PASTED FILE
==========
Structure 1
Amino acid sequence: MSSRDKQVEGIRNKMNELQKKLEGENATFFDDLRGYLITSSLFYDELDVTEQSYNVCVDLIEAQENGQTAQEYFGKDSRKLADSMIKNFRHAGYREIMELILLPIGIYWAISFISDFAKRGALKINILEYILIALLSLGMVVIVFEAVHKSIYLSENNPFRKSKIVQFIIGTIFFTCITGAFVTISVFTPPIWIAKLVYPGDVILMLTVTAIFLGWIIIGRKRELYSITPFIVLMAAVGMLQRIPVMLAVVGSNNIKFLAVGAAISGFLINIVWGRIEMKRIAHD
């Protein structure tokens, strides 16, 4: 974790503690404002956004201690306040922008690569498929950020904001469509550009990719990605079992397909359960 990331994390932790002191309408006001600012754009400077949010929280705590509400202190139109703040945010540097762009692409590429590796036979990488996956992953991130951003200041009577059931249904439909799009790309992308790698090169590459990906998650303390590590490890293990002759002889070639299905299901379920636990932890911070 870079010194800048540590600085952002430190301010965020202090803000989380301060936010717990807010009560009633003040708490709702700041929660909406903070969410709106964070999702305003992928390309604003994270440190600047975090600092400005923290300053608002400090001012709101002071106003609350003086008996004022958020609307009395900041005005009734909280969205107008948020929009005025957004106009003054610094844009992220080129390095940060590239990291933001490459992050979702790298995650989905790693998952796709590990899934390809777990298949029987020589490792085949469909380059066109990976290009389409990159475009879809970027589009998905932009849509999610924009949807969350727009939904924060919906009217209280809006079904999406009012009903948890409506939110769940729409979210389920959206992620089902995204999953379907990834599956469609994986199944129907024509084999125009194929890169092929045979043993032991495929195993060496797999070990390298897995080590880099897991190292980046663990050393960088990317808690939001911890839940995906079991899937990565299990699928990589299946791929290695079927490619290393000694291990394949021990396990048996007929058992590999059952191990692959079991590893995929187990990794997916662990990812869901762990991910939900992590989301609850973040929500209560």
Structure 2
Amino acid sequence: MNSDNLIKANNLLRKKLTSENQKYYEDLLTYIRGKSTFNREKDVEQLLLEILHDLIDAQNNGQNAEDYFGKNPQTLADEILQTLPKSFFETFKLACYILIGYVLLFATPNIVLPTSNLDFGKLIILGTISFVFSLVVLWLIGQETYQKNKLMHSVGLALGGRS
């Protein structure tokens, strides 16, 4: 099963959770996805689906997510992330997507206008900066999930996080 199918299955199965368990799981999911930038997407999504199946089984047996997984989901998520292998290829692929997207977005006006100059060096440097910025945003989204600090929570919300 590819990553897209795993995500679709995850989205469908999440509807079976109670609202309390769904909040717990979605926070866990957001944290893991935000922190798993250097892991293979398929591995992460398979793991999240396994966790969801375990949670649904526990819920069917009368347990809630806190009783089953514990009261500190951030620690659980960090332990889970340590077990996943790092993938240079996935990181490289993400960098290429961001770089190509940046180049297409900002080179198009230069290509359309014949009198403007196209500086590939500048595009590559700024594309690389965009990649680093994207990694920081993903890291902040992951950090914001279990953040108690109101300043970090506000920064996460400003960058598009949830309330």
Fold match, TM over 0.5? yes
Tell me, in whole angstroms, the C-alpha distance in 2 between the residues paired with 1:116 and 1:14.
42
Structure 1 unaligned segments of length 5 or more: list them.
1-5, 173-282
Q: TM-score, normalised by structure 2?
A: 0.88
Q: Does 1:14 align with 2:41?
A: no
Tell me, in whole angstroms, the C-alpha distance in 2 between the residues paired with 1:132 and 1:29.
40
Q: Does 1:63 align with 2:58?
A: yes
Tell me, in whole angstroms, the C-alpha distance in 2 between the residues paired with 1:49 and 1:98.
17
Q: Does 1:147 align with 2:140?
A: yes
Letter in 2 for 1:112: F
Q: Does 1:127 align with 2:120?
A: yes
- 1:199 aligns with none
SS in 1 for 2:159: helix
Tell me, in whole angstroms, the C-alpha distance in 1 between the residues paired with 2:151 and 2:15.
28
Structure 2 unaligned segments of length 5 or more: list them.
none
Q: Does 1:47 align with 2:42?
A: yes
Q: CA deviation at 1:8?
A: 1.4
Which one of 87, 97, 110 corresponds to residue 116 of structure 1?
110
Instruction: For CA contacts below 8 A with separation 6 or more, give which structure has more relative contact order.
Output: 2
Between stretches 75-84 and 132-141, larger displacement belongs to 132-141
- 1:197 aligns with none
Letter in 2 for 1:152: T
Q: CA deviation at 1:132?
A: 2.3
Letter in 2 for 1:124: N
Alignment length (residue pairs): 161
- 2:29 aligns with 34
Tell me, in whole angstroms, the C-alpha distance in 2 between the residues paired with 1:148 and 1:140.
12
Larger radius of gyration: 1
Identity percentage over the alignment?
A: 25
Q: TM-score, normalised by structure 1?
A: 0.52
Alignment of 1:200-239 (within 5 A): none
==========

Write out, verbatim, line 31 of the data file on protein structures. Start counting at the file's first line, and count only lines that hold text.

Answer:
Structure 2 unaligned segments of length 5 or more: list them.